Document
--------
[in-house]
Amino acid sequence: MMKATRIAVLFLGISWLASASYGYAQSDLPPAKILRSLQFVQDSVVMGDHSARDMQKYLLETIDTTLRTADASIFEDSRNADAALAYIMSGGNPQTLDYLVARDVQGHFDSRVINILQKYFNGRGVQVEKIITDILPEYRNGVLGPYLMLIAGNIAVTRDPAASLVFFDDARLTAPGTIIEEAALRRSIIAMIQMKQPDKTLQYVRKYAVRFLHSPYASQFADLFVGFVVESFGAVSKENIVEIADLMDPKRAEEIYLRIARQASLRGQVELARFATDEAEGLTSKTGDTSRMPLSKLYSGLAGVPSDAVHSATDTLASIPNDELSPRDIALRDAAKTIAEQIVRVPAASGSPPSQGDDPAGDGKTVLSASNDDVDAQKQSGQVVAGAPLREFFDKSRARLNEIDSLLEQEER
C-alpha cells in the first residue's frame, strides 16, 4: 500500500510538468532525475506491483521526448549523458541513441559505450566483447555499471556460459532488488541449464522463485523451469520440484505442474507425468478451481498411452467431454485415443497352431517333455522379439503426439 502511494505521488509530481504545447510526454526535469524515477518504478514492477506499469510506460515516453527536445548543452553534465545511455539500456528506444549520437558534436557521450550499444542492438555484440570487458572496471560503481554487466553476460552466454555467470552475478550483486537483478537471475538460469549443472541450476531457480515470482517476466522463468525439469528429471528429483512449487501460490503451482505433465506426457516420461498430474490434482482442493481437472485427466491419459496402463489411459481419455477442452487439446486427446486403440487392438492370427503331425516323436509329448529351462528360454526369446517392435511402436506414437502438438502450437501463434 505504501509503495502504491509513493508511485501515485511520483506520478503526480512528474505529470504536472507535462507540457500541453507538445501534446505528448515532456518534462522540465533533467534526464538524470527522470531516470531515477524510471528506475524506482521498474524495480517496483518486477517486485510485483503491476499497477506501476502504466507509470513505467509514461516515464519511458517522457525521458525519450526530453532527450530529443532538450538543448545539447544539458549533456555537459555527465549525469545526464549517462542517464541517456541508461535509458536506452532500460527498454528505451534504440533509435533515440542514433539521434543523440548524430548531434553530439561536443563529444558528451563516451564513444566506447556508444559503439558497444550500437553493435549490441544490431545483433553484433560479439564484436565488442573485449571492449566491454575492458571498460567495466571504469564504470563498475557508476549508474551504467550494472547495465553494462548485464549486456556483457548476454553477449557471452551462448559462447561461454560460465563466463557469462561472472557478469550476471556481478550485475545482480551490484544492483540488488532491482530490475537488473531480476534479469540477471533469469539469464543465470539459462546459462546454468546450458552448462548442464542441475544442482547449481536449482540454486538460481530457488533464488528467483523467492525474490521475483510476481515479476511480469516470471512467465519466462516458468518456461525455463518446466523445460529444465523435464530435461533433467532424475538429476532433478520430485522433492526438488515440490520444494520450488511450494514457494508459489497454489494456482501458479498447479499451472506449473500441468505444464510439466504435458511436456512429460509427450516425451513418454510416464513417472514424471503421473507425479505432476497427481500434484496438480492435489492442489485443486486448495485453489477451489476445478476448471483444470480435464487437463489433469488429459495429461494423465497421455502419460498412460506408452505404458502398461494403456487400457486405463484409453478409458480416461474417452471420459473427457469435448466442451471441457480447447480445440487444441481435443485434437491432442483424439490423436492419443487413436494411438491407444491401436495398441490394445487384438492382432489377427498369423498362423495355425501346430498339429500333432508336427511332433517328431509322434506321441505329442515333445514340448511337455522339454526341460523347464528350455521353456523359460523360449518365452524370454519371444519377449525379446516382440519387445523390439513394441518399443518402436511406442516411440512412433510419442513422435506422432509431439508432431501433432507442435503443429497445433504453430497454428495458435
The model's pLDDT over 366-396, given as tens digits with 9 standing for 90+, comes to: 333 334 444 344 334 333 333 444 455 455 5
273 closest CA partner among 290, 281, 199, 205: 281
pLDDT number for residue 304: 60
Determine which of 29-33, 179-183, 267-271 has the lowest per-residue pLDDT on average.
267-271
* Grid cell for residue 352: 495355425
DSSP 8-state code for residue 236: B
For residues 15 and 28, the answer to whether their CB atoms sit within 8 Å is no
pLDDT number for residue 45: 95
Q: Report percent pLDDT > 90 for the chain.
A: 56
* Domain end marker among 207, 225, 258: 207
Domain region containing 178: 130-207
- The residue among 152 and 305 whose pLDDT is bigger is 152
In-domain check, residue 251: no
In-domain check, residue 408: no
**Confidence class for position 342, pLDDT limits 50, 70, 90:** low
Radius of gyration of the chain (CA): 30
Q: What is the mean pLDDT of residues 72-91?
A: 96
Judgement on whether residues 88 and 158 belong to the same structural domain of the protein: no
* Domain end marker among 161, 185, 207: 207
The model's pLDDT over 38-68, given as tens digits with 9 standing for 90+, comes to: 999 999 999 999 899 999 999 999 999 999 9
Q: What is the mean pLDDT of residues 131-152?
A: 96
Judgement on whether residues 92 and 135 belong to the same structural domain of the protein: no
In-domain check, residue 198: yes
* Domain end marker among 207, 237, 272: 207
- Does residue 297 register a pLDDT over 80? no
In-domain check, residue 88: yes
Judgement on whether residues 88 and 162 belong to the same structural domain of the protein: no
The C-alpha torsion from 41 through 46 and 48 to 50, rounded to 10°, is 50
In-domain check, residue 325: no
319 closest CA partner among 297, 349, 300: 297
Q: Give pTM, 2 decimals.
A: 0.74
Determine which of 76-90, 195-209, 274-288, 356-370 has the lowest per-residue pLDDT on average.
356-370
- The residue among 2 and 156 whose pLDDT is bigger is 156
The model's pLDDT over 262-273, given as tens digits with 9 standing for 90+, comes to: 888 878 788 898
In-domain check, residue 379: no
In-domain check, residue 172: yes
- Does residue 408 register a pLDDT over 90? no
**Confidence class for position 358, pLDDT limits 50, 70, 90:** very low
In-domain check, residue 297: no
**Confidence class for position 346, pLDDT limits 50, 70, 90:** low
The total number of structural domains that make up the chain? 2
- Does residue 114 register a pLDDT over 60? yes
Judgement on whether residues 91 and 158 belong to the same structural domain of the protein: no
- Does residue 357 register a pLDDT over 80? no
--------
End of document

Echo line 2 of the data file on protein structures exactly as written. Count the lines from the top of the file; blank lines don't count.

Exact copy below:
Amino acid sequence: MMKATRIAVLFLGISWLASASYGYAQSDLPPAKILRSLQFVQDSVVMGDHSARDMQKYLLETIDTTLRTADASIFEDSRNADAALAYIMSGGNPQTLDYLVARDVQGHFDSRVINILQKYFNGRGVQVEKIITDILPEYRNGVLGPYLMLIAGNIAVTRDPAASLVFFDDARLTAPGTIIEEAALRRSIIAMIQMKQPDKTLQYVRKYAVRFLHSPYASQFADLFVGFVVESFGAVSKENIVEIADLMDPKRAEEIYLRIARQASLRGQVELARFATDEAEGLTSKTGDTSRMPLSKLYSGLAGVPSDAVHSATDTLASIPNDELSPRDIALRDAAKTIAEQIVRVPAASGSPPSQGDDPAGDGKTVLSASNDDVDAQKQSGQVVAGAPLREFFDKSRARLNEIDSLLEQEER